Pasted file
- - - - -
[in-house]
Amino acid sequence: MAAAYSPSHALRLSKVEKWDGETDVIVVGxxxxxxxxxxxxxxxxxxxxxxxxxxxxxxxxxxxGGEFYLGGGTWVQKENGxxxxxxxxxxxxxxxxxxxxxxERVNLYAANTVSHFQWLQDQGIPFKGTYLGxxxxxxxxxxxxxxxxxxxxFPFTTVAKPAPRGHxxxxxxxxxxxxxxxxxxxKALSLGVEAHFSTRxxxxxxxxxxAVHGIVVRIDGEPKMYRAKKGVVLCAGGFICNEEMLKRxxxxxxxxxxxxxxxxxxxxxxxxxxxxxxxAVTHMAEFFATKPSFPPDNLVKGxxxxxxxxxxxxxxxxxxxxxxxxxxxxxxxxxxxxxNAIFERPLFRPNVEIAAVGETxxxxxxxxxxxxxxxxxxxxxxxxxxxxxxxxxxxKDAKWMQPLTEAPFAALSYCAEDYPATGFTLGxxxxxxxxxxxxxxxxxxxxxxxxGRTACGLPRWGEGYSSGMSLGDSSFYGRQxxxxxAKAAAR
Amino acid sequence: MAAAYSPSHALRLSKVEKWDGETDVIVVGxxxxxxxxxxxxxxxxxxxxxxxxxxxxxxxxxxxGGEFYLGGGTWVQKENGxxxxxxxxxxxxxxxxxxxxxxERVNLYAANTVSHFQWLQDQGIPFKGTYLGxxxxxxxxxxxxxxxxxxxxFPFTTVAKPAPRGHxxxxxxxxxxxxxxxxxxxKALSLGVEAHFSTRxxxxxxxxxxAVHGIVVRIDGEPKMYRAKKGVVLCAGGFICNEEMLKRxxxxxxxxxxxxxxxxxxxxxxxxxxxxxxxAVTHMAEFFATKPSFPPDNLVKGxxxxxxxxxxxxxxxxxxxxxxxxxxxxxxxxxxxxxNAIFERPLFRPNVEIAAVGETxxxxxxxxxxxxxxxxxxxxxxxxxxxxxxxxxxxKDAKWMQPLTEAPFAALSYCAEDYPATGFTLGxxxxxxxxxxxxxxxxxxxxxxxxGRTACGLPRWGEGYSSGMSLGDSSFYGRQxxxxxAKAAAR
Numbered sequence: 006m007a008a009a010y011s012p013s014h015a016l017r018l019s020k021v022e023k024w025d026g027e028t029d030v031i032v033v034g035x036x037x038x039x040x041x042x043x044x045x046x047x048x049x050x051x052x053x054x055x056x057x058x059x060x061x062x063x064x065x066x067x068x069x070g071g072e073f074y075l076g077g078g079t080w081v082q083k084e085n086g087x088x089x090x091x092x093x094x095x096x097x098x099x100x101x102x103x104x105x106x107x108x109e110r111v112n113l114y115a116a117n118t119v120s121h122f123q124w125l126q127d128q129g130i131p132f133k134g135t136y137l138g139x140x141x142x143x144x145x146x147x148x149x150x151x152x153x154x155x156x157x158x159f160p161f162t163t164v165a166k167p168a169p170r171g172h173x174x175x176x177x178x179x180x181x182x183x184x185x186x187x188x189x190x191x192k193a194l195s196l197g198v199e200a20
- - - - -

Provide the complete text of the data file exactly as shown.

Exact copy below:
[in-house]
Amino acid sequence: MAAAYSPSHALRLSKVEKWDGETDVIVVGxxxxxxxxxxxxxxxxxxxxxxxxxxxxxxxxxxxGGEFYLGGGTWVQKENGxxxxxxxxxxxxxxxxxxxxxxERVNLYAANTVSHFQWLQDQGIPFKGTYLGxxxxxxxxxxxxxxxxxxxxFPFTTVAKPAPRGHxxxxxxxxxxxxxxxxxxxKALSLGVEAHFSTRxxxxxxxxxxAVHGIVVRIDGEPKMYRAKKGVVLCAGGFICNEEMLKRxxxxxxxxxxxxxxxxxxxxxxxxxxxxxxxAVTHMAEFFATKPSFPPDNLVKGxxxxxxxxxxxxxxxxxxxxxxxxxxxxxxxxxxxxxNAIFERPLFRPNVEIAAVGETxxxxxxxxxxxxxxxxxxxxxxxxxxxxxxxxxxxKDAKWMQPLTEAPFAALSYCAEDYPATGFTLGxxxxxxxxxxxxxxxxxxxxxxxxGRTACGLPRWGEGYSSGMSLGDSSFYGRQxxxxxAKAAAR
Amino acid sequence: MAAAYSPSHALRLSKVEKWDGETDVIVVGxxxxxxxxxxxxxxxxxxxxxxxxxxxxxxxxxxxGGEFYLGGGTWVQKENGxxxxxxxxxxxxxxxxxxxxxxERVNLYAANTVSHFQWLQDQGIPFKGTYLGxxxxxxxxxxxxxxxxxxxxFPFTTVAKPAPRGHxxxxxxxxxxxxxxxxxxxKALSLGVEAHFSTRxxxxxxxxxxAVHGIVVRIDGEPKMYRAKKGVVLCAGGFICNEEMLKRxxxxxxxxxxxxxxxxxxxxxxxxxxxxxxxAVTHMAEFFATKPSFPPDNLVKGxxxxxxxxxxxxxxxxxxxxxxxxxxxxxxxxxxxxxNAIFERPLFRPNVEIAAVGETxxxxxxxxxxxxxxxxxxxxxxxxxxxxxxxxxxxKDAKWMQPLTEAPFAALSYCAEDYPATGFTLGxxxxxxxxxxxxxxxxxxxxxxxxGRTACGLPRWGEGYSSGMSLGDSSFYGRQxxxxxAKAAAR
Numbered sequence: 006m007a008a009a010y011s012p013s014h015a016l017r018l019s020k021v022e023k024w025d026g027e028t029d030v031i032v033v034g035x036x037x038x039x040x041x042x043x044x045x046x047x048x049x050x051x052x053x054x055x056x057x058x059x060x061x062x063x064x065x066x067x068x069x070g071g072e073f074y075l076g077g078g079t080w081v082q083k084e085n086g087x088x089x090x091x092x093x094x095x096x097x098x099x100x101x102x103x104x105x106x107x108x109e110r111v112n113l114y115a116a117n118t119v120s121h122f123q124w125l126q127d128q129g130i131p132f133k134g135t136y137l138g139x140x141x142x143x144x145x146x147x148x149x150x151x152x153x154x155x156x157x158x159f160p161f162t163t164v165a166k167p168a169p170r171g172h173x174x175x176x177x178x179x180x181x182x183x184x185x186x187x188x189x190x191x192k193a194l195s196l197g198v199e200a20